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The Medical Letter on Drugs and Therapeutics • September 8, 2008 (Issue 1294)
Sunscreens are an important component of photoprotection. A new definition of their effectiveness has been proposed, and some issues have arisen concerning their safety.

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The Medical Letter on Drugs and Therapeutics • November 19, 2007 (Issue 1274)
Direct-to-consumer advertisements are urging women to be tested for mutations in BRCA1 and BRCA2 genes, which are the most common known causes of an inherited predisposition to breast and ovarian cancer. Clinically important BRCA mutations have been found in about 2% of Ashkenazi Jewish women, and are estimated to occur in about 1 in 300 to 500 women in the general non-Jewish US...
The Medical Letter on Drugs and Therapeutics • December 5, 2005 (Issue 1223)
Many patients planning to travel seek advice about prevention of malaria. No drug is 100% effective for this indication; travelers should be told to take other protective measures as well. Malaria in pregnancy is particularly serious for both mother and fetus; prophylaxis is indicated if travel cannot be avoided. Countries with a risk of malaria are listed in the table on page 102. Some countries...
The Medical Letter on Drugs and Therapeutics • June 6, 2005 (Issue 1210)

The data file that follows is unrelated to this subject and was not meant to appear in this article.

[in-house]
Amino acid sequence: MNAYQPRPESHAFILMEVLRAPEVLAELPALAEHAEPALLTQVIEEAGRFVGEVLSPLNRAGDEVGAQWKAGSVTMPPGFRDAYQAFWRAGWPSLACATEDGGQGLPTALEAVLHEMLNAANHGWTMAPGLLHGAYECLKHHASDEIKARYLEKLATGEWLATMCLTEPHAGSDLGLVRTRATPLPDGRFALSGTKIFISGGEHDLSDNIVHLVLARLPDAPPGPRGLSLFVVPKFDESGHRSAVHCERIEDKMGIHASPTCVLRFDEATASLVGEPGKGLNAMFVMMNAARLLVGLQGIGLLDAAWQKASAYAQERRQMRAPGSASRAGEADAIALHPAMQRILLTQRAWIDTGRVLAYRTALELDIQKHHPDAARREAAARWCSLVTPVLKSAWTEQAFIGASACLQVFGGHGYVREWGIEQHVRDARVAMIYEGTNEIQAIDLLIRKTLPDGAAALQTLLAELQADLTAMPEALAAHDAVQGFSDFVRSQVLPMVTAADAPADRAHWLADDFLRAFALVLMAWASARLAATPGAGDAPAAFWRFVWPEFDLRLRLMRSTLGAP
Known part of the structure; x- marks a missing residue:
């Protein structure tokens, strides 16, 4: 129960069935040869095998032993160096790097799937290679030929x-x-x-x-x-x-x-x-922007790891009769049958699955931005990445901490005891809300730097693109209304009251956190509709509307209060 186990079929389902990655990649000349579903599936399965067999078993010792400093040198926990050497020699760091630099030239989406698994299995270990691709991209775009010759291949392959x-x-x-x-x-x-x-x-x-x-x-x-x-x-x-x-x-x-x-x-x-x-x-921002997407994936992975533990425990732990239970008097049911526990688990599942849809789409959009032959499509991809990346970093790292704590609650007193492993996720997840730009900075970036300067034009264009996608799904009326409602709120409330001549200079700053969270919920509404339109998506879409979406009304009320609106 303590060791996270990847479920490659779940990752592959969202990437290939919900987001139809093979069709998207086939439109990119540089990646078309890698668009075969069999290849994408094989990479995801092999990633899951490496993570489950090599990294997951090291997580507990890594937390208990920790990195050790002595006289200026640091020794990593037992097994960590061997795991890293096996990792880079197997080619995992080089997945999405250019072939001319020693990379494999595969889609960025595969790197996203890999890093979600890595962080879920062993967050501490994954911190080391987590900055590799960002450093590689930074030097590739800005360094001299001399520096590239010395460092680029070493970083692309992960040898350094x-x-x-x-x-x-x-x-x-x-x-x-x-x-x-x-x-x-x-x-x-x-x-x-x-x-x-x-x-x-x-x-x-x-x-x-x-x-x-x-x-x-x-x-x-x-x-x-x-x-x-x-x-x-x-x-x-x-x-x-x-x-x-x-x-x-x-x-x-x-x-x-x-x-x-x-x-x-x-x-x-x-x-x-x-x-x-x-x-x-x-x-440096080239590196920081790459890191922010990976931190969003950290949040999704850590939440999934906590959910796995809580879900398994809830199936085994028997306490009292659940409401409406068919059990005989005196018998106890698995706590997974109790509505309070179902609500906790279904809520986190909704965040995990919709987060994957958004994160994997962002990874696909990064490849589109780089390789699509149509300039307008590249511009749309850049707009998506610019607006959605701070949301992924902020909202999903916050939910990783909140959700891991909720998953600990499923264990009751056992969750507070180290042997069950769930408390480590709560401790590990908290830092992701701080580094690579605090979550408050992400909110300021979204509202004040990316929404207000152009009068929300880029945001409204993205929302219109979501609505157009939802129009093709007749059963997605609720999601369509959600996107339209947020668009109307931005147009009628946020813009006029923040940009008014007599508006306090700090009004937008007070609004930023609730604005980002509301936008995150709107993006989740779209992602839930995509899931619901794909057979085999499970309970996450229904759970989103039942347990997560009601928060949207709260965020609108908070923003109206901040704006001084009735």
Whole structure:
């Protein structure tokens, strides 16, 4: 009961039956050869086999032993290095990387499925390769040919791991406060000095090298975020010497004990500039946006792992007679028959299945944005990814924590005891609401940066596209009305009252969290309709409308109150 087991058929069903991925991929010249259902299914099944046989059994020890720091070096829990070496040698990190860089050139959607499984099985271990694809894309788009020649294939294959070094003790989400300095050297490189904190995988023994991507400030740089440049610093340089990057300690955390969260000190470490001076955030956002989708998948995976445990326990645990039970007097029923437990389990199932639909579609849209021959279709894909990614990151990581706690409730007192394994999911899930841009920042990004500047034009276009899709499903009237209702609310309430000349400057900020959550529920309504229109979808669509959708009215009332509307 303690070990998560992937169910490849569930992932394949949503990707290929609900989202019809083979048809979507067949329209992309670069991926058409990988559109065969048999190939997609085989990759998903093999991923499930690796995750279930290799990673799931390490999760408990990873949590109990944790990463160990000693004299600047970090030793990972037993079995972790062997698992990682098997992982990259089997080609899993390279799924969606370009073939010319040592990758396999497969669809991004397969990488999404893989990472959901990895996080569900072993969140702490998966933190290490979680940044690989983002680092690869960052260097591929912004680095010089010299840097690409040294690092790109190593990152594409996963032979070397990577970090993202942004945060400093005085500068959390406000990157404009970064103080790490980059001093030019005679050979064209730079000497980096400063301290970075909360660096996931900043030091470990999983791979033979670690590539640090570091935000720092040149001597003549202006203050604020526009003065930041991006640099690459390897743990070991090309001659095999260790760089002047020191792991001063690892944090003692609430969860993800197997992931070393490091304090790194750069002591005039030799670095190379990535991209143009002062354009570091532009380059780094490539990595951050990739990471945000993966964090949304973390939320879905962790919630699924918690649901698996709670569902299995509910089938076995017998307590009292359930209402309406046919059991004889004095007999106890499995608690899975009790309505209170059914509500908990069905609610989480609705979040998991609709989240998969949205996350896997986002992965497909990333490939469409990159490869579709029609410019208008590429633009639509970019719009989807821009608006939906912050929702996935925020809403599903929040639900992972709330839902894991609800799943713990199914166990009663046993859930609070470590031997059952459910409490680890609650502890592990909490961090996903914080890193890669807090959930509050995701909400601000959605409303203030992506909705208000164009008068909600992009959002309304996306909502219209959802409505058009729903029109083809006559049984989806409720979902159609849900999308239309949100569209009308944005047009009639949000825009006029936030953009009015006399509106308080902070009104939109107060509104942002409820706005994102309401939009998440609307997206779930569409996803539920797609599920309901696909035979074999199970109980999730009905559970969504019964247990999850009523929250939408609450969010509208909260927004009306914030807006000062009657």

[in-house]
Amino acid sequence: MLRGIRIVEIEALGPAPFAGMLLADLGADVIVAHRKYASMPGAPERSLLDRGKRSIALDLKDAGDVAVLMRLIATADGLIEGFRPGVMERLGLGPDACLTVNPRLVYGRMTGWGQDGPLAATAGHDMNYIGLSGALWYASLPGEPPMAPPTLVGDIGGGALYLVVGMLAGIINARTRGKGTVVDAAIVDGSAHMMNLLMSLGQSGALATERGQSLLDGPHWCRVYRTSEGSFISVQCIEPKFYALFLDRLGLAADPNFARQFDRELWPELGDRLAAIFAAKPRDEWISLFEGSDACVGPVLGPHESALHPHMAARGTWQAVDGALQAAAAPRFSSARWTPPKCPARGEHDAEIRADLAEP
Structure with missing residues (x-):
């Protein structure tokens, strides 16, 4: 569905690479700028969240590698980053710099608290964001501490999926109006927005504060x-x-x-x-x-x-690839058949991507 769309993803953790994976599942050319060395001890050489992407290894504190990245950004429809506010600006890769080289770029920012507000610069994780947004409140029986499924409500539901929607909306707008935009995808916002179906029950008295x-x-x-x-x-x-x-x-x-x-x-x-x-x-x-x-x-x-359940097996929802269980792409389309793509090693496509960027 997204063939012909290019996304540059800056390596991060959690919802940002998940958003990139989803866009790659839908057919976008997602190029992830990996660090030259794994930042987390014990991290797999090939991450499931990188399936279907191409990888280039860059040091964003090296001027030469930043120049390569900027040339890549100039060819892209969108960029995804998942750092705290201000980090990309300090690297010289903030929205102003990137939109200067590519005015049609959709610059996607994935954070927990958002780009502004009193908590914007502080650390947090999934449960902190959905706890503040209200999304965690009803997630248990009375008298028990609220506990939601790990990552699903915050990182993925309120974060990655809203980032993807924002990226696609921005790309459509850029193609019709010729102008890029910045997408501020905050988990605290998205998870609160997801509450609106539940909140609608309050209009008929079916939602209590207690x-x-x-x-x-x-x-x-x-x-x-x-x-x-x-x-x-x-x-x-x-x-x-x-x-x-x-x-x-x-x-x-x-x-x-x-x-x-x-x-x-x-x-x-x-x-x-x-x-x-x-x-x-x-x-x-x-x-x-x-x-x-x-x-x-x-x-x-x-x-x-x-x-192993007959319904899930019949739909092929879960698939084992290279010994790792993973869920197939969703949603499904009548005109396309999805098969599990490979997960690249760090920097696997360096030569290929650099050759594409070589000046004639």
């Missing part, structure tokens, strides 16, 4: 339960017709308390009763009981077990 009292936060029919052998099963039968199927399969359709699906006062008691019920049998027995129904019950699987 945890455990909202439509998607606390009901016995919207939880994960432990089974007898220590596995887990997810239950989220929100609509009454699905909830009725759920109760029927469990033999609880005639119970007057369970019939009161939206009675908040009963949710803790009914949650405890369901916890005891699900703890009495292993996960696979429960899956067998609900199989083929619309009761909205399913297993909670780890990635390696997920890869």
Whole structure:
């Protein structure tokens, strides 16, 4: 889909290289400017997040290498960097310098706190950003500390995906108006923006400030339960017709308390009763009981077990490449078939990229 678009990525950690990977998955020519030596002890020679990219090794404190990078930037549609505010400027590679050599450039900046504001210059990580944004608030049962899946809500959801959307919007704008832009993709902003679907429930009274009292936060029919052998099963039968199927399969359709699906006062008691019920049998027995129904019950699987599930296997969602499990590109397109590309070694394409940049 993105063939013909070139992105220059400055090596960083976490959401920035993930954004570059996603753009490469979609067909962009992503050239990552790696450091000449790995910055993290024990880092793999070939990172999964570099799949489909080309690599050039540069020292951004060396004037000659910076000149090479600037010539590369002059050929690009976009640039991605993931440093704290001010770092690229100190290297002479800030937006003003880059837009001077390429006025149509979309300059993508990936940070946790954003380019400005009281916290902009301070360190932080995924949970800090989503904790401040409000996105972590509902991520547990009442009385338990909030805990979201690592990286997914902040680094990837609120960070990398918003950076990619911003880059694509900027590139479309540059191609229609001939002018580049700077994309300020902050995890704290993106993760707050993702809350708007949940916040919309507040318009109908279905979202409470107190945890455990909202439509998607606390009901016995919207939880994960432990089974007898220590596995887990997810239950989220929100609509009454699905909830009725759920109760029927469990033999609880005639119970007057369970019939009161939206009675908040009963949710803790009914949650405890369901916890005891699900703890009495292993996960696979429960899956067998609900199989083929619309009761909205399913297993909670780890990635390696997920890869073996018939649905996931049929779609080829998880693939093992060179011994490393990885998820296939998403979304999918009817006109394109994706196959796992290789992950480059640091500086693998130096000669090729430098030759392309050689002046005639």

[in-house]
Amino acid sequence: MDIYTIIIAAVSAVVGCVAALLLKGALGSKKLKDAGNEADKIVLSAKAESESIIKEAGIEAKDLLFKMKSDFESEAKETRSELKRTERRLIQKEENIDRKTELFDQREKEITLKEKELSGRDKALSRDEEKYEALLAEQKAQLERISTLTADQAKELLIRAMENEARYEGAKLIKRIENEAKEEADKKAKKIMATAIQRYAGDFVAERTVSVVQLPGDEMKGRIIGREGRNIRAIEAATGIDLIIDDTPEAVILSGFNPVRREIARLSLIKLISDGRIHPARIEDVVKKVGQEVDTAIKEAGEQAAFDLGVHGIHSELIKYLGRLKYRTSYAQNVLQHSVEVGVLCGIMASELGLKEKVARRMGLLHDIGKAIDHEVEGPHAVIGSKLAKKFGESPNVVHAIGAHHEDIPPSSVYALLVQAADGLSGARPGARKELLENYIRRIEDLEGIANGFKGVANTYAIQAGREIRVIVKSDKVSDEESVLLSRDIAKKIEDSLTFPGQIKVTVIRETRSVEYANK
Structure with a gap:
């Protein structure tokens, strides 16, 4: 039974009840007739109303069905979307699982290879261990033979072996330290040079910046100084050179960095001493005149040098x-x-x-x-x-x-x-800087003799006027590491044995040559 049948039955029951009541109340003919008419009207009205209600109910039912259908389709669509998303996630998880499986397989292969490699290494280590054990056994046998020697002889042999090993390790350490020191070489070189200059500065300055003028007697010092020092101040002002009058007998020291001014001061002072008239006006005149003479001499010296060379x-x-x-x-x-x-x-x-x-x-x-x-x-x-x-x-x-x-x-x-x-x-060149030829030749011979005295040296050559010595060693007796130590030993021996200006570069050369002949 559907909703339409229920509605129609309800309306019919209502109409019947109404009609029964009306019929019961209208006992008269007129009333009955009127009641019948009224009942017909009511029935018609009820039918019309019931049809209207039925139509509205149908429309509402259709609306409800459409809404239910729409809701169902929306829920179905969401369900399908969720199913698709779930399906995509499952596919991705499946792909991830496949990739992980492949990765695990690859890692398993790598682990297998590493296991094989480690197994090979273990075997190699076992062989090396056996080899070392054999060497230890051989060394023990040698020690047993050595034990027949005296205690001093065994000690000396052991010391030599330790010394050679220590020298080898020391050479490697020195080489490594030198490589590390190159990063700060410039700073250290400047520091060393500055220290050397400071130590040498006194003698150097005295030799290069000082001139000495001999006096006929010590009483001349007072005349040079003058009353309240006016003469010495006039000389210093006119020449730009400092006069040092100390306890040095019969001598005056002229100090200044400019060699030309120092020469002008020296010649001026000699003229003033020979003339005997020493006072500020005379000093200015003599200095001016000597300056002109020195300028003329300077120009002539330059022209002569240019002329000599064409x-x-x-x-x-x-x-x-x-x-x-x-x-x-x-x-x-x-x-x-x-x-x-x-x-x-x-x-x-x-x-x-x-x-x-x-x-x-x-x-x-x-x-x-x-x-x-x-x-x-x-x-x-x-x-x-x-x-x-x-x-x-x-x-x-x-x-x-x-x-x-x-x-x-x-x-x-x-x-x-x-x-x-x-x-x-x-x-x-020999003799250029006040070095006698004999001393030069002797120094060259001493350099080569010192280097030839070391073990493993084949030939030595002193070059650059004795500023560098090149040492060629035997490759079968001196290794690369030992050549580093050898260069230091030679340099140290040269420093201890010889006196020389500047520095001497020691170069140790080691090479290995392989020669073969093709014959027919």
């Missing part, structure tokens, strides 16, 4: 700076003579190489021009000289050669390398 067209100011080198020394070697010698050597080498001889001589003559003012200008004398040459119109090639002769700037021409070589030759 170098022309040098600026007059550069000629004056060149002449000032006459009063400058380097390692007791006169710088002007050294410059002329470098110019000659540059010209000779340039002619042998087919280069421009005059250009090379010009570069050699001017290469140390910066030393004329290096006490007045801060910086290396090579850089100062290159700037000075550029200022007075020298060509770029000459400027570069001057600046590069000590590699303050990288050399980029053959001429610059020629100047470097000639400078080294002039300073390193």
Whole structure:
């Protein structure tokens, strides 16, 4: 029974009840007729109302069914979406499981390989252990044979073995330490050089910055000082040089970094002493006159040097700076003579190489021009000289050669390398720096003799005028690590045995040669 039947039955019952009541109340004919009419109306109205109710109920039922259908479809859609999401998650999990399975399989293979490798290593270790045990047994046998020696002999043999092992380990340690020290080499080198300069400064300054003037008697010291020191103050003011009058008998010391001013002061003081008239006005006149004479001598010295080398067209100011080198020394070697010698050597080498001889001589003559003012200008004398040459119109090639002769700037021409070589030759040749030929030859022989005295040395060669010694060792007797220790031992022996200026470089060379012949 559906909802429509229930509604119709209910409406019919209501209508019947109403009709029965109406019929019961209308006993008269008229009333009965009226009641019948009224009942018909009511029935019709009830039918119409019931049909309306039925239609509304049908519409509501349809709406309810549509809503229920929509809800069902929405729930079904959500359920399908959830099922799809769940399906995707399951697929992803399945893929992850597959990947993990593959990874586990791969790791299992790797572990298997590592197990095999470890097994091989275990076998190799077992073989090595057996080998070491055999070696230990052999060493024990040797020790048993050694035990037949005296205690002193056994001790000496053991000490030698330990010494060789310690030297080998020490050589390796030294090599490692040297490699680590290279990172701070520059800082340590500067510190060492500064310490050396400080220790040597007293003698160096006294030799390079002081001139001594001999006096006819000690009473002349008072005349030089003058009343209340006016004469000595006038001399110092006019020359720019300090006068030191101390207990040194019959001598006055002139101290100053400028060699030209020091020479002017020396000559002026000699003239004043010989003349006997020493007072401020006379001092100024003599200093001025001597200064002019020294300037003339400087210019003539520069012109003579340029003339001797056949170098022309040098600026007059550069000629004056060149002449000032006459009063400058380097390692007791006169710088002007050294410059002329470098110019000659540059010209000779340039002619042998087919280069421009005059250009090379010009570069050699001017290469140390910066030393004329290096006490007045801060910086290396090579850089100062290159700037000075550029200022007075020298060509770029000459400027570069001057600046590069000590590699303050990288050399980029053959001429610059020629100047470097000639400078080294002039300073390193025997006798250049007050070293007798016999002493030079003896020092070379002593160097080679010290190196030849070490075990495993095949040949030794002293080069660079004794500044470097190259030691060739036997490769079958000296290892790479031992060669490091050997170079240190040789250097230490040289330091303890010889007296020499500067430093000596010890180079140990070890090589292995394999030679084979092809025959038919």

Picaridin (KBR 3023), which has been used as an insect repellent for years in Europe and Australia (Autan Repel, and others), is now available in the US in 7% solution as Cutter Advanced (Spectrum Brands). The US Centers for Disease Control and Prevention (CDC) is recommending it as an alternative to DEET.

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The Medical Letter on Drugs and Therapeutics • June 7, 2004 (Issue 1184)
Solar ultraviolet (UV) light capable of injuring the skin is classified by wavelength into UVA I (340-400 nm), UVA II (320-340 nm) and UVB (290-320 nm). UVB is responsible for most of the erythema of sunburn. UVA has been implicated in the development of phototoxicity and photoaging. The FDA permits sunscreen manufacturers to claim broad-spectrum protection if their products block at least part...
The Medical Letter on Drugs and Therapeutics • December 8, 2003 (Issue 1171)
Questions have been raised in the US press recently about the safety of Canadian drugs. The process of drug approval in Canada is similar to that in the US (D Paul, Int J Med Marketing 2001; 1:224). More than 90% of drugs available in Canada have also been approved by the FDA. Most of these drugs come from the same manufacturers as drugs in the US. Health Canada takes longer on average to release...